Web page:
Last year I had a chance to see Damon Albarn play Irving Plaza in support of Everyday Robots. I love this record, and I managed to get myself in the front row. I told myself not to get my hopes up too high since I was used to seeing the high leaps of Starshaped, and this material was far more introspective and experimental. I must have set my expectations a bit too low, because I was blown away. Damon had even more charm than I remembered from old videos. He made eye contact and sang directly to you. He uncapped bottle after bottle of water to drench audience members. People were whipped into a frenzy, and he sometimes just stood back to admire his work. He wasn’t smug though; if anything, he was humbled by such a reaction from the American audiences that had been so elusive to Blur’s early days. I had the time of my life that night. He played a couple of Blur songs, and Damon grabbed my wrist to haul himself up on the barrier for an electrifying version of “Clint Eastwood.” YouTube can back me up around 3:36 in this video. Swoon.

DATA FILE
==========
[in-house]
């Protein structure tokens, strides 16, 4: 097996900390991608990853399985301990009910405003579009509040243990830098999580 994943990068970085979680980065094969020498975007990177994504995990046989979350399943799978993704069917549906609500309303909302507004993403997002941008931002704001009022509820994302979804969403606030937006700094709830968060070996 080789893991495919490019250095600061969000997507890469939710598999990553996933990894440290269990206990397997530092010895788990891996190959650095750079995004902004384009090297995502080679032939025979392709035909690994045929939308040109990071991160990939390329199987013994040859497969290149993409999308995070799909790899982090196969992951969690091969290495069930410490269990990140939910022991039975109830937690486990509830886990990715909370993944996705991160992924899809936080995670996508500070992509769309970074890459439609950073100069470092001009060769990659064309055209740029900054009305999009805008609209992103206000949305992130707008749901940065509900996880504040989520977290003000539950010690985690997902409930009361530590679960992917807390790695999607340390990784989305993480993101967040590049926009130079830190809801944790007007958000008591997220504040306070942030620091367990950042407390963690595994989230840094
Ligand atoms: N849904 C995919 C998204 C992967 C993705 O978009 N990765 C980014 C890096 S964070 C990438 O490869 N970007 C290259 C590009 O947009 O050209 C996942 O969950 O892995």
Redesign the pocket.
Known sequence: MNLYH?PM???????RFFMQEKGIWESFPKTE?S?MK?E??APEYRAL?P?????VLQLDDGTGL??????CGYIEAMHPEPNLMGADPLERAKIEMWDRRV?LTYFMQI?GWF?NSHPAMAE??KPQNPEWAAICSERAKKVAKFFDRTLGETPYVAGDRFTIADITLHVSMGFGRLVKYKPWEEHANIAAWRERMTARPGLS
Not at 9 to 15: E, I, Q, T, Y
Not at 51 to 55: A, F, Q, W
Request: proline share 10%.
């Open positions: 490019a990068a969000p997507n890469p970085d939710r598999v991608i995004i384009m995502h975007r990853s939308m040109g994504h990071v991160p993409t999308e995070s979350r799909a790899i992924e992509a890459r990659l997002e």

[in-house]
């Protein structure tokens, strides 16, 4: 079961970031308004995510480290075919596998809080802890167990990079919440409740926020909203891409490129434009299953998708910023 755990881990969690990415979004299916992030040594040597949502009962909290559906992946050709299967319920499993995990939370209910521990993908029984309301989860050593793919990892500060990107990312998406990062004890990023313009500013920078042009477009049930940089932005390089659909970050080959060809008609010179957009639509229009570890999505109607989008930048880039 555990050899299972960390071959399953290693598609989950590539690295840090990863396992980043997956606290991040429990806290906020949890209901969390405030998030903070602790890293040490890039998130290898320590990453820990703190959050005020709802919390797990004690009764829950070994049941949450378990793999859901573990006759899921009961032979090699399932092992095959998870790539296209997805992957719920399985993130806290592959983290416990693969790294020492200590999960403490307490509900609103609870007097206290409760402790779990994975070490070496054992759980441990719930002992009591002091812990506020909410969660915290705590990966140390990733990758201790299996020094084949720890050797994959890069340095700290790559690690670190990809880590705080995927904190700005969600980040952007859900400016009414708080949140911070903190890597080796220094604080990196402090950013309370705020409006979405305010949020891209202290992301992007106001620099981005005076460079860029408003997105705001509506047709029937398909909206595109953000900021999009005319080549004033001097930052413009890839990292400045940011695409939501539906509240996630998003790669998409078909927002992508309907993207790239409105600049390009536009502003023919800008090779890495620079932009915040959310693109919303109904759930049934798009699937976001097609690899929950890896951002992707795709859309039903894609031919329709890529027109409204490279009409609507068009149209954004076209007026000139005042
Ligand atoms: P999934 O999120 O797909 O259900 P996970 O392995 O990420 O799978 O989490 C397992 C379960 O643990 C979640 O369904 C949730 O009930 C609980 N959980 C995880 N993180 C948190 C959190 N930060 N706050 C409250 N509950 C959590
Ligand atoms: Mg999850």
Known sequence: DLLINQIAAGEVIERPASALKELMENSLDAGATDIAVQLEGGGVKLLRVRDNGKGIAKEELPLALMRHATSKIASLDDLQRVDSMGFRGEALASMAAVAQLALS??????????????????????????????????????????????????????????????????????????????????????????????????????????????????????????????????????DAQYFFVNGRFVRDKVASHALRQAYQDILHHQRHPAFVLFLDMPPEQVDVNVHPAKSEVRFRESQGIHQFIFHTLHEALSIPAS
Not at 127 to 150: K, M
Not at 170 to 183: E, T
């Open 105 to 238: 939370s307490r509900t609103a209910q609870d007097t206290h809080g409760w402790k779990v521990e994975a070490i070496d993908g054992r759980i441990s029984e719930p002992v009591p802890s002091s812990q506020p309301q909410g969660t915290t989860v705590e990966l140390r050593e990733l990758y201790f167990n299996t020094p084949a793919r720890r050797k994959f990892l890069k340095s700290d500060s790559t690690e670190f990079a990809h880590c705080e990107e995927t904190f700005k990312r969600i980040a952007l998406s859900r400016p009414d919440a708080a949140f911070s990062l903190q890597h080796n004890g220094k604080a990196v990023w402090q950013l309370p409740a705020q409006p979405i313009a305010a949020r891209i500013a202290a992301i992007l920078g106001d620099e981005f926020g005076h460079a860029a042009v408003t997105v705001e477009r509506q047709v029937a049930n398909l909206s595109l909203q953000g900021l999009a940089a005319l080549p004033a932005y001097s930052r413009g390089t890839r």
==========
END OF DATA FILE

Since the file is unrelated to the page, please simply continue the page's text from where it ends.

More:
That would have been a lovely end to it, but came The Magic Whip. It’s an extraordinarily layered album for coming out of jamming for a couple of weeks. Then Blur announced an intimate free show at Music Hall of Williamsburg. The original four. I was at once thrilled and horrified because I sensed I would not get a ticket. Sure enough, they were gone almost immediately. My friend Heather, who I met at Damon’s Irving show, got through but only nabbed one. I was happy she’d get to go, but it was hard to keep listening to the new album knowing I’d be missing out on the band in my own borough. I could accept missing a tour when I lived in West Virginia with no license to get myself to another city for a show. A few stops away on the L train? It was gutting. I even resorted to prowling Craigslist, where these free tickets were being scalped for $100+.

I got up for work and felt deflated since it had been a tough week. I didn’t put much effort into getting ready since I was exhausted and might’ve stayed up too late the night before drinking tequila and watching Deadpool clips on YouTube. Then I had two strokes of luck. Heather had managed to see someone offering a ticket on Blur’s Facebook page for free. She would let me know if it was legitimate. In the meantime, a friend Lindsey let me know that her friend had a spare. No matter what, I was covered. My body was bruised and scratched from a week of packing, unpacking, and even shredding boxes for an office move, and I was running on empty. But I was elated. I was listening to “The Universal” in the Union Square station and nearly burst into tears at the chorus. It felt cheesy even to me, but “it really, really, really could happen” just hit home in that moment.